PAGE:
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Sep 11, 2013

Israel recognizes prayer as valid excuse for tardiness to work

Remember the opposition to the DST extension due to it causing a problem with davening times and people needing to get to work? A possible solution had been presented to allow employees adversely affected by the DST change to arrive half an hour late to work.

Well, it is official now. The State of Israel is mandating that the need to daven is a valid excuse to arrive late to work, under certain conditions, and such an employee cannot be punished for it.

Minister of Commerce and Trade Naftali Bennet has sent out a notice of new instructions to employers instructing them that on days when sunrise is later than 6:30 AM, any employees whose work shifts begin between 7 and 8 AM will be allowed a davening break prior to work instead of during work hours (as is the normal law).

In order to not harm employers while looking out for the employees, the employee will have to make up that time either at the end of the day or at another time during the month (as per the employers decision).

I checked the law regarding the need to provide prayer time during work hours. the wording of the law is a bit complex, but basically it says that an employee who wishes to pray due to his religious, time must be allocated for the employee to be able to do so. However, that time is not deducted from the employees work hours. The employer can give 30 minutes or 45 minutes, or whatever, but he does not have to pay for that time - assuming the employee wants to not have this time deducted from his salary, and the employer wants a certain amount of work done, and time spent working, the employee can spend time praying, but must make up the work hours at other times. And that is being applied in this new situation as well - the employer will have to accept that the employee is late due to religious prayer, but that time will need to be made up at some point.

It is good to see Israel protecting both the employee and the employer and being considerate for the needs of the religious.

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  1. If Bennet wouldn't have followed Lapid into this dumb decision, we would not have this issue which is merely to correct his mistake (well not to him).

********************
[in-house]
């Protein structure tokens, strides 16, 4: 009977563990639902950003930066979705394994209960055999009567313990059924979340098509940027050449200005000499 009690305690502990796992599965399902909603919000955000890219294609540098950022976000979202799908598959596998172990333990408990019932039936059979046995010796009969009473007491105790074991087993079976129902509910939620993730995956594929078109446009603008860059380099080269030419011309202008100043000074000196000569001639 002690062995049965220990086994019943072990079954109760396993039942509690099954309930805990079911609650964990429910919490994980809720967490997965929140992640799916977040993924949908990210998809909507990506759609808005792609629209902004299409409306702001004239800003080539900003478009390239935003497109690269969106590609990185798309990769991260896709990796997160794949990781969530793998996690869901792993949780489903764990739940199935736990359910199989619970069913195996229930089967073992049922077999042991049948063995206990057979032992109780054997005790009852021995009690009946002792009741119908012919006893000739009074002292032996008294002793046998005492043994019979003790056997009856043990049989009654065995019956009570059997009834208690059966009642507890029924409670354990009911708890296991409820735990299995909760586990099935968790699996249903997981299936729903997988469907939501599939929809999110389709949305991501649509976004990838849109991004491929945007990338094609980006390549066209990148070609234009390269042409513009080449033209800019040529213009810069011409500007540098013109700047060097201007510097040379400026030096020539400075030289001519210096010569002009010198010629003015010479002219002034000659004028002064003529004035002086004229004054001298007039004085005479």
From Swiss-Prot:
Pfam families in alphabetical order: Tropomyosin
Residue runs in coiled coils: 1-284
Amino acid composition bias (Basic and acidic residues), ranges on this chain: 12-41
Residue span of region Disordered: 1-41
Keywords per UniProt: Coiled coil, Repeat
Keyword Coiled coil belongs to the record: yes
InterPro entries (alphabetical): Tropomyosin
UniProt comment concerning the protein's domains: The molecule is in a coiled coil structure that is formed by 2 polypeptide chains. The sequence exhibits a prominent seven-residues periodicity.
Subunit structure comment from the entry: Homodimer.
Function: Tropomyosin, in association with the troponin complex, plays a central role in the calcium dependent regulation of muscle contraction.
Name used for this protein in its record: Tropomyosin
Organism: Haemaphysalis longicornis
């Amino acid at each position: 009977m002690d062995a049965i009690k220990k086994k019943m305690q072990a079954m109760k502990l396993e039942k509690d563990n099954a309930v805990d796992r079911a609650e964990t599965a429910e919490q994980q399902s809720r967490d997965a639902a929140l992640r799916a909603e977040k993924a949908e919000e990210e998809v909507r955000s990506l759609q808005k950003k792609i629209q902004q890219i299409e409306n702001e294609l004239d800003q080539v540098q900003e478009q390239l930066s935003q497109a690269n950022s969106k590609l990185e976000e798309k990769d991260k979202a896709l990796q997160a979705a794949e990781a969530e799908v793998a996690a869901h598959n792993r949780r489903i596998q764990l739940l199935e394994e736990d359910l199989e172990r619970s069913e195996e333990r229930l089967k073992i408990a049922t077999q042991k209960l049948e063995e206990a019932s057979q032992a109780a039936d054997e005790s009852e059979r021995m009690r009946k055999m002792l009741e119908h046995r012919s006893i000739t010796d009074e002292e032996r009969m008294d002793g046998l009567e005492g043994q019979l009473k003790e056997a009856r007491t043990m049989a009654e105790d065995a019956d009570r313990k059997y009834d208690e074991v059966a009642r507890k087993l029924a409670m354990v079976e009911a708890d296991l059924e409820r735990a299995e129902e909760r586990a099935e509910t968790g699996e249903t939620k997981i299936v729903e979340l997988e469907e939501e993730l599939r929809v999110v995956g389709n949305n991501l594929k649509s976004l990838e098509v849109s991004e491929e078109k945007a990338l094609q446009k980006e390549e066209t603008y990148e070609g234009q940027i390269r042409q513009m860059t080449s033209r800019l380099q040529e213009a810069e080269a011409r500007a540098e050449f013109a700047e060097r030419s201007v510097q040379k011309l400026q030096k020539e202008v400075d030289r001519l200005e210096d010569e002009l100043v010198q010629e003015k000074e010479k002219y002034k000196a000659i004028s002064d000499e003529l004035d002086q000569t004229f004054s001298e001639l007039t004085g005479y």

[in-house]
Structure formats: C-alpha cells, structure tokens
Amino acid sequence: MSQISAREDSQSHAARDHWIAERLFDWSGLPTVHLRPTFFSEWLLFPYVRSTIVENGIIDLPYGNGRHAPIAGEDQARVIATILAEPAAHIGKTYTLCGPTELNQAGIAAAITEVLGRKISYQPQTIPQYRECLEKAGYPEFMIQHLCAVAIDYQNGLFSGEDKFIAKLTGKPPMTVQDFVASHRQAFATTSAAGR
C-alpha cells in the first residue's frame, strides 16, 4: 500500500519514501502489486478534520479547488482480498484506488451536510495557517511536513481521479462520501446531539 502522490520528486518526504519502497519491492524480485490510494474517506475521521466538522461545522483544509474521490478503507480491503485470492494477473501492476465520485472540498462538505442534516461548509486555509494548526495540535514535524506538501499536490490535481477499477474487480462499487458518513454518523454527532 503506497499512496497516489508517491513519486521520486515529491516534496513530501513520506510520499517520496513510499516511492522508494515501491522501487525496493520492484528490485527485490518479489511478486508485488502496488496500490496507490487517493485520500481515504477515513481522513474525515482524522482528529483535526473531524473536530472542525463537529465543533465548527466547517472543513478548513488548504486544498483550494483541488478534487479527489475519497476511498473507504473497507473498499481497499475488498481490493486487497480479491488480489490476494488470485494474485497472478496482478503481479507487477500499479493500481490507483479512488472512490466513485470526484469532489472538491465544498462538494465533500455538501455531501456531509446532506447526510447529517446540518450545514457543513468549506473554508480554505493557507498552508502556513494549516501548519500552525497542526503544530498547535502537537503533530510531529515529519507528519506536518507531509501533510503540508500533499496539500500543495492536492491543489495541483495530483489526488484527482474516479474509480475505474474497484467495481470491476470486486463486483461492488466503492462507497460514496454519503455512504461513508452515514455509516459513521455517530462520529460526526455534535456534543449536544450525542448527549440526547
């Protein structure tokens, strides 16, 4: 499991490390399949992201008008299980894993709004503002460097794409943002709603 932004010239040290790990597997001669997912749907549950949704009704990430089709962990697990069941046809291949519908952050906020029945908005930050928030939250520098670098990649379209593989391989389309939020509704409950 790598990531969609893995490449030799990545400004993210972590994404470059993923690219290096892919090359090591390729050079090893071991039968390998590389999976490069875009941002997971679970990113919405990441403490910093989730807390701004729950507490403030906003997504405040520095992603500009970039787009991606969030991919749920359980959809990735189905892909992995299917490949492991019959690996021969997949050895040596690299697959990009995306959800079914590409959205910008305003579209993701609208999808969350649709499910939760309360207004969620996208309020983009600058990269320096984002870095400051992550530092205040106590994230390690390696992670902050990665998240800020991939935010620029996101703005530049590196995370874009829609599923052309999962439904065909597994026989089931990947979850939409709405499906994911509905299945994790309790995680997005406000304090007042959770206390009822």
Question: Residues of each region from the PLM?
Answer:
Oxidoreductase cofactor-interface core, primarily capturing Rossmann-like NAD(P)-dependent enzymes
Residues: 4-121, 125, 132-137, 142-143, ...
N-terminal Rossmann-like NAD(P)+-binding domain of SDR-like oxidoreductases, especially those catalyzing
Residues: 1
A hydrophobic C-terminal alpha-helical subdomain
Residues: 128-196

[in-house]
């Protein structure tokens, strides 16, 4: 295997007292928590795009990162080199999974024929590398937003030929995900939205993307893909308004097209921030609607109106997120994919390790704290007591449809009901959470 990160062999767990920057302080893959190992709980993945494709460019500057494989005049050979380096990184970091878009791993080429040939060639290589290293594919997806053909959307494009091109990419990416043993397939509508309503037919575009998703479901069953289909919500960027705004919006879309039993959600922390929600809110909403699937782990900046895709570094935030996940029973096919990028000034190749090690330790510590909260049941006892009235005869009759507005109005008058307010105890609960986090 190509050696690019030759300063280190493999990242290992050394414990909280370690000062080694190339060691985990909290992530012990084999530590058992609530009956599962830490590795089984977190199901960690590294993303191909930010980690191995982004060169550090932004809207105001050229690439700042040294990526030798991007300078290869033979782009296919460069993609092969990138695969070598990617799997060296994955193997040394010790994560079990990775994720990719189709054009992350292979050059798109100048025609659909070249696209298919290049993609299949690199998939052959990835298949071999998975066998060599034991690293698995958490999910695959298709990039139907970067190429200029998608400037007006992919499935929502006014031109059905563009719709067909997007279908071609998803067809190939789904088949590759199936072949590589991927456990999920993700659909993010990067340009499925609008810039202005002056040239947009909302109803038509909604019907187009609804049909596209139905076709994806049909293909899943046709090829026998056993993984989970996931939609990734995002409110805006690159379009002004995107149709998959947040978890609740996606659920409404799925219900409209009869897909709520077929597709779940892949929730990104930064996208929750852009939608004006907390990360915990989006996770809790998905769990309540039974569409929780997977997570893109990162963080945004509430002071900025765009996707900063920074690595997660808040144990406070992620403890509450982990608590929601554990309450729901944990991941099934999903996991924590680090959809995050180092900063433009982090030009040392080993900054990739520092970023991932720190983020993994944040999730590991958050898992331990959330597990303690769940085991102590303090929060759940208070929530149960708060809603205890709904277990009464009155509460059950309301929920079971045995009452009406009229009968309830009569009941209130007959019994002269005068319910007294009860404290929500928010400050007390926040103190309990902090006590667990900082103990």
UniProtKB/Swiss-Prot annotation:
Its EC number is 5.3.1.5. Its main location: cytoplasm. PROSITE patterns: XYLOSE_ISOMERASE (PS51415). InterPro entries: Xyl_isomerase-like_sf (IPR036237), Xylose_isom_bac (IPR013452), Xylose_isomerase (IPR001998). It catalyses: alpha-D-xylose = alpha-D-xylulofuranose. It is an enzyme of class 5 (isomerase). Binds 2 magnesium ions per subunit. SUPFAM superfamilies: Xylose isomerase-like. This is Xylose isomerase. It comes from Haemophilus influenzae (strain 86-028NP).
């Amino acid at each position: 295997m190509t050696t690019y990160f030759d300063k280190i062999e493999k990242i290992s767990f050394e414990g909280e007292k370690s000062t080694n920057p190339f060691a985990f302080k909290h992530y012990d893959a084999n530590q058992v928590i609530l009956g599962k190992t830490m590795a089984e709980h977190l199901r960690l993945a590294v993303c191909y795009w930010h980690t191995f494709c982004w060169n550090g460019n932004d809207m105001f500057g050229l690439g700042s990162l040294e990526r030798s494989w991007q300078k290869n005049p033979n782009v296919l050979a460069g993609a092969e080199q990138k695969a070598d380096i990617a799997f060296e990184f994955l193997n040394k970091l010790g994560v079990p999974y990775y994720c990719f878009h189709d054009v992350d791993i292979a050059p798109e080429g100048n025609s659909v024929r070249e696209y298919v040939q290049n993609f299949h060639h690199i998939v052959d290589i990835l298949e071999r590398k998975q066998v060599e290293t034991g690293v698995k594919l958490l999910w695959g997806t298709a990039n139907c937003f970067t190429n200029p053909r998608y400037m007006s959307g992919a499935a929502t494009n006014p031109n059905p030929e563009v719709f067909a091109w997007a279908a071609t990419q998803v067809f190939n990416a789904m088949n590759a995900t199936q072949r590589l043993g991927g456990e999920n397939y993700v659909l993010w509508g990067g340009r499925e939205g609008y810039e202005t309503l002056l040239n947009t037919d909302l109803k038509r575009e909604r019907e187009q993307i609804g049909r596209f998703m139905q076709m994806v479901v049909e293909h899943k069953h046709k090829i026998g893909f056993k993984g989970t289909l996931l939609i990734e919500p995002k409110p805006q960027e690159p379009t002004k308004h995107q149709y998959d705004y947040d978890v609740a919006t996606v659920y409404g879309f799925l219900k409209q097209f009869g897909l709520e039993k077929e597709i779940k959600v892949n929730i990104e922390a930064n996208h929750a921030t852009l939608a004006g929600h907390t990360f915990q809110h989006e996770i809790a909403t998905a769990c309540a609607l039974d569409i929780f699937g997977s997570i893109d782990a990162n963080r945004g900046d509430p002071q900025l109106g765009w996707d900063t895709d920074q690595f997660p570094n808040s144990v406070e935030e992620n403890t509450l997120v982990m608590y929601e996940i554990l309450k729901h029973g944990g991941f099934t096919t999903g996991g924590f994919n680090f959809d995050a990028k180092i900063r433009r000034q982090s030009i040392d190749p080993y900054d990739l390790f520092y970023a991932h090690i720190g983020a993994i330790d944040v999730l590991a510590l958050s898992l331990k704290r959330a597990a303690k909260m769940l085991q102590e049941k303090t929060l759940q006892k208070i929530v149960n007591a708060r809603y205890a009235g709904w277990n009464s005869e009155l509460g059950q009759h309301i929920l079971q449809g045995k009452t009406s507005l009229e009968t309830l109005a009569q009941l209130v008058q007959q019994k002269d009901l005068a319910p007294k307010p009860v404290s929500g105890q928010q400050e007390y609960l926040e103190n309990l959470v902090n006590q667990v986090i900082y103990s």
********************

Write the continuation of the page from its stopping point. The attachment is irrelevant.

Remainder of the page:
This is a 'nice' gesture, but virtually worthless. People have routines, carpools, a company hasaa/lift, a certain bus or train they must be on, etc. Does an employee really want to have to ask his boss for this special benefit? Are all bosses understanding about disrupting regular factory or office work for the next month? And being allowed to work late? What if people also have a rigid schedule to follow? What if they need to pick up kids from school or somewhere else? Will those people be giving extensions as well?
    In chutz laaretz, we do not rule, we have to adjust our schedules to the goyim, but in Israel, in the Torah, Hashem gave us power to change the calender. If there is a discrepancy between the calender and the edim that come to testify for the new moon, the edim testimony has more weight!
    Bennet here, as a supposed representative of the religious people, shows that we revert back to following the goyish calender instead of our Hebrew one.

    1. the only problem with that is that Gideon Saar was responsible for the decision to extend DST, not Bennet nor Lapid. The rest I agree are problems.

  2. Certainly Gideon Saar made the final decision, but no minister acts in a vacuum for controversial issues like this. We would expect that the minister of religions would try to fight for the religious people. I'm sorry that the religious people in the Knesset are in the 'let's suck up to the non-religious'.
    Another negative outcome of this extended summer time is that we are still having late meals on erev Shabbat and chag for the first time this year in a long time. Instead of now being able to enjoy pleasant meals with children and friends, we are still returning from shul around 8pm to eat. Simchat Torah: I can already see the cranky people in my shul be even more cranky in getting the hakafot to end faster because it would seem we are all going to get to our seudot at around 10pm, and even early-Shabbat people can't do anything about this. Post-chag - hakafot shniot? Should we even bother this year? Ours usually ends after 11pm, usually we try to start the parade at 7:30, this year it's starting even later.


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